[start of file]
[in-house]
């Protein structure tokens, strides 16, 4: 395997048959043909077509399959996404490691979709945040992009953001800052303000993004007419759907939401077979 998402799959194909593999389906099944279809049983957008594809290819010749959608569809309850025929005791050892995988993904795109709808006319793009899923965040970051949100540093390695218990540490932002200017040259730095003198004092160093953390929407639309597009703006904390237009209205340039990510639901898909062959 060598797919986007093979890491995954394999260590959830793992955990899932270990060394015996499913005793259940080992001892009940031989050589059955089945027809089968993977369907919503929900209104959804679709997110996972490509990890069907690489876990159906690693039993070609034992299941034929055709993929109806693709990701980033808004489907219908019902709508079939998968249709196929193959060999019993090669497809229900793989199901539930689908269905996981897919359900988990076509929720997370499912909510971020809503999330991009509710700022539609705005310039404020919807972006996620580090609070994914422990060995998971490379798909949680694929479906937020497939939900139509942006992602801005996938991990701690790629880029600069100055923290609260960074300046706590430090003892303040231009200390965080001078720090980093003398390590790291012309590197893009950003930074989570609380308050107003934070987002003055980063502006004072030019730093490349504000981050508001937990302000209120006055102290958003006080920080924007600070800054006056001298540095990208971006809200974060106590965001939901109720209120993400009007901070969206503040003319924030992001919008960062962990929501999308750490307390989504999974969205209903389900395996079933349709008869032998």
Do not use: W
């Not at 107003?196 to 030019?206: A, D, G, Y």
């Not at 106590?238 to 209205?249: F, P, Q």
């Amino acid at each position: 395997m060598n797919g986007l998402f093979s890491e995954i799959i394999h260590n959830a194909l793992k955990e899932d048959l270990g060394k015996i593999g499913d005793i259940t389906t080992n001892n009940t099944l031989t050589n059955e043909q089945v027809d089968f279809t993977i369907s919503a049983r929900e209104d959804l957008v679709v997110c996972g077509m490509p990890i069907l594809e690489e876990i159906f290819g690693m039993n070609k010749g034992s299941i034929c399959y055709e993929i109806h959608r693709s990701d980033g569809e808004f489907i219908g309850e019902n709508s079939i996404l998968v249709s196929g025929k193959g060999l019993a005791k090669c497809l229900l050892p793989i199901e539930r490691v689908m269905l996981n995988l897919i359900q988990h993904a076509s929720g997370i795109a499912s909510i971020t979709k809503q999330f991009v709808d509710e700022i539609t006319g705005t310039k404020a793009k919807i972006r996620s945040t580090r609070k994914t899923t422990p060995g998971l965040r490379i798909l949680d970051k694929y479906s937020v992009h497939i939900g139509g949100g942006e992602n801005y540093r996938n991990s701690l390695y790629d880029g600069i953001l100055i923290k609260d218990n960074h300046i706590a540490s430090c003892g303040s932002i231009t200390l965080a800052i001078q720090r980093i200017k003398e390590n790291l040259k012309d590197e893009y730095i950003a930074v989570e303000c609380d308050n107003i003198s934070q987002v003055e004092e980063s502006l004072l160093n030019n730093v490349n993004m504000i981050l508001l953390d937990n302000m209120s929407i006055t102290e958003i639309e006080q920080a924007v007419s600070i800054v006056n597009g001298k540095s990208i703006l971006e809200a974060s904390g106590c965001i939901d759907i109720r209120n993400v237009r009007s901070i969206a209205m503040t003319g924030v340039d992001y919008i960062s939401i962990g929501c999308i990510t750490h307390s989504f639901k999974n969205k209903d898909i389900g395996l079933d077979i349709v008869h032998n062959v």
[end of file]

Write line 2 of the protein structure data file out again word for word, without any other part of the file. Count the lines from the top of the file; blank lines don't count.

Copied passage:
């Protein structure tokens, strides 16, 4: 395997048959043909077509399959996404490691979709945040992009953001800052303000993004007419759907939401077979 998402799959194909593999389906099944279809049983957008594809290819010749959608569809309850025929005791050892995988993904795109709808006319793009899923965040970051949100540093390695218990540490932002200017040259730095003198004092160093953390929407639309597009703006904390237009209205340039990510639901898909062959 060598797919986007093979890491995954394999260590959830793992955990899932270990060394015996499913005793259940080992001892009940031989050589059955089945027809089968993977369907919503929900209104959804679709997110996972490509990890069907690489876990159906690693039993070609034992299941034929055709993929109806693709990701980033808004489907219908019902709508079939998968249709196929193959060999019993090669497809229900793989199901539930689908269905996981897919359900988990076509929720997370499912909510971020809503999330991009509710700022539609705005310039404020919807972006996620580090609070994914422990060995998971490379798909949680694929479906937020497939939900139509942006992602801005996938991990701690790629880029600069100055923290609260960074300046706590430090003892303040231009200390965080001078720090980093003398390590790291012309590197893009950003930074989570609380308050107003934070987002003055980063502006004072030019730093490349504000981050508001937990302000209120006055102290958003006080920080924007600070800054006056001298540095990208971006809200974060106590965001939901109720209120993400009007901070969206503040003319924030992001919008960062962990929501999308750490307390989504999974969205209903389900395996079933349709008869032998």